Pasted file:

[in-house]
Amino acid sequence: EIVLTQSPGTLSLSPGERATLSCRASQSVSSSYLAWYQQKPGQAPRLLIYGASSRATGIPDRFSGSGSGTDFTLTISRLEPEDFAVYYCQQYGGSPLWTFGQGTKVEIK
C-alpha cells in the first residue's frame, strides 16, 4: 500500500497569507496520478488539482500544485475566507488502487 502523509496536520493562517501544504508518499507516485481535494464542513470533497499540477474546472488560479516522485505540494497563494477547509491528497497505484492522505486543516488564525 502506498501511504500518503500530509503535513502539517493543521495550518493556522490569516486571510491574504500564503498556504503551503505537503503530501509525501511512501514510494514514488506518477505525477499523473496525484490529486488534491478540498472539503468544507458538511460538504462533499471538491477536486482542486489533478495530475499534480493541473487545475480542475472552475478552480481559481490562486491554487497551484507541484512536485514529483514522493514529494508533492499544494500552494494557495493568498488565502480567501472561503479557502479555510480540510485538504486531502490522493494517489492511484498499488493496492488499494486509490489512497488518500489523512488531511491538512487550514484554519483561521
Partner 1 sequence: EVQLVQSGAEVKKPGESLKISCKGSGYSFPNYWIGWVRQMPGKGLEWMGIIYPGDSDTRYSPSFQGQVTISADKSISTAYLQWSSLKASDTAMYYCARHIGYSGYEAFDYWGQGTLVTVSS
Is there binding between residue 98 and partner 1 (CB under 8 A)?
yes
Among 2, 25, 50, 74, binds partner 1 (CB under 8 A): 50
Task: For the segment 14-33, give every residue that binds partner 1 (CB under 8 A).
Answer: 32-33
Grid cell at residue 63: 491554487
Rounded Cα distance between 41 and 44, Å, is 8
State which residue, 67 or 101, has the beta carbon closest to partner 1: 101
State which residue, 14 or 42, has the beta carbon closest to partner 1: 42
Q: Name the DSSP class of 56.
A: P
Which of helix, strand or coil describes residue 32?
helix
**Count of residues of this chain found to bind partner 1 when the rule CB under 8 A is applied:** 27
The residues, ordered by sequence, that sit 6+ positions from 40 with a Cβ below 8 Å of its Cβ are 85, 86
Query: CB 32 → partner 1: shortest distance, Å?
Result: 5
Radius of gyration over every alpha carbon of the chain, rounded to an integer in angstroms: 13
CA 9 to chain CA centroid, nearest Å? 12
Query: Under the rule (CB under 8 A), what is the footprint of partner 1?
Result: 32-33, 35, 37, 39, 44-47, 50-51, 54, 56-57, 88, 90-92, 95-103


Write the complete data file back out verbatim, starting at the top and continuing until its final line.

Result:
[in-house]
Amino acid sequence: EIVLTQSPGTLSLSPGERATLSCRASQSVSSSYLAWYQQKPGQAPRLLIYGASSRATGIPDRFSGSGSGTDFTLTISRLEPEDFAVYYCQQYGGSPLWTFGQGTKVEIK
C-alpha cells in the first residue's frame, strides 16, 4: 500500500497569507496520478488539482500544485475566507488502487 502523509496536520493562517501544504508518499507516485481535494464542513470533497499540477474546472488560479516522485505540494497563494477547509491528497497505484492522505486543516488564525 502506498501511504500518503500530509503535513502539517493543521495550518493556522490569516486571510491574504500564503498556504503551503505537503503530501509525501511512501514510494514514488506518477505525477499523473496525484490529486488534491478540498472539503468544507458538511460538504462533499471538491477536486482542486489533478495530475499534480493541473487545475480542475472552475478552480481559481490562486491554487497551484507541484512536485514529483514522493514529494508533492499544494500552494494557495493568498488565502480567501472561503479557502479555510480540510485538504486531502490522493494517489492511484498499488493496492488499494486509490489512497488518500489523512488531511491538512487550514484554519483561521
Partner 1 sequence: EVQLVQSGAEVKKPGESLKISCKGSGYSFPNYWIGWVRQMPGKGLEWMGIIYPGDSDTRYSPSFQGQVTISADKSISTAYLQWSSLKASDTAMYYCARHIGYSGYEAFDYWGQGTLVTVSS
Is there binding between residue 98 and partner 1 (CB under 8 A)?
yes
Among 2, 25, 50, 74, binds partner 1 (CB under 8 A): 50
Task: For the segment 14-33, give every residue that binds partner 1 (CB under 8 A).
Answer: 32-33
Grid cell at residue 63: 491554487
Rounded Cα distance between 41 and 44, Å, is 8
State which residue, 67 or 101, has the beta carbon closest to partner 1: 101
State which residue, 14 or 42, has the beta carbon closest to partner 1: 42
Q: Name the DSSP class of 56.
A: P
Which of helix, strand or coil describes residue 32?
helix
**Count of residues of this chain found to bind partner 1 when the rule CB under 8 A is applied:** 27
The residues, ordered by sequence, that sit 6+ positions from 40 with a Cβ below 8 Å of its Cβ are 85, 86
Query: CB 32 → partner 1: shortest distance, Å?
Result: 5
Radius of gyration over every alpha carbon of the chain, rounded to an integer in angstroms: 13
CA 9 to chain CA centroid, nearest Å? 12
Query: Under the rule (CB under 8 A), what is the footprint of partner 1?
Result: 32-33, 35, 37, 39, 44-47, 50-51, 54, 56-57, 88, 90-92, 95-103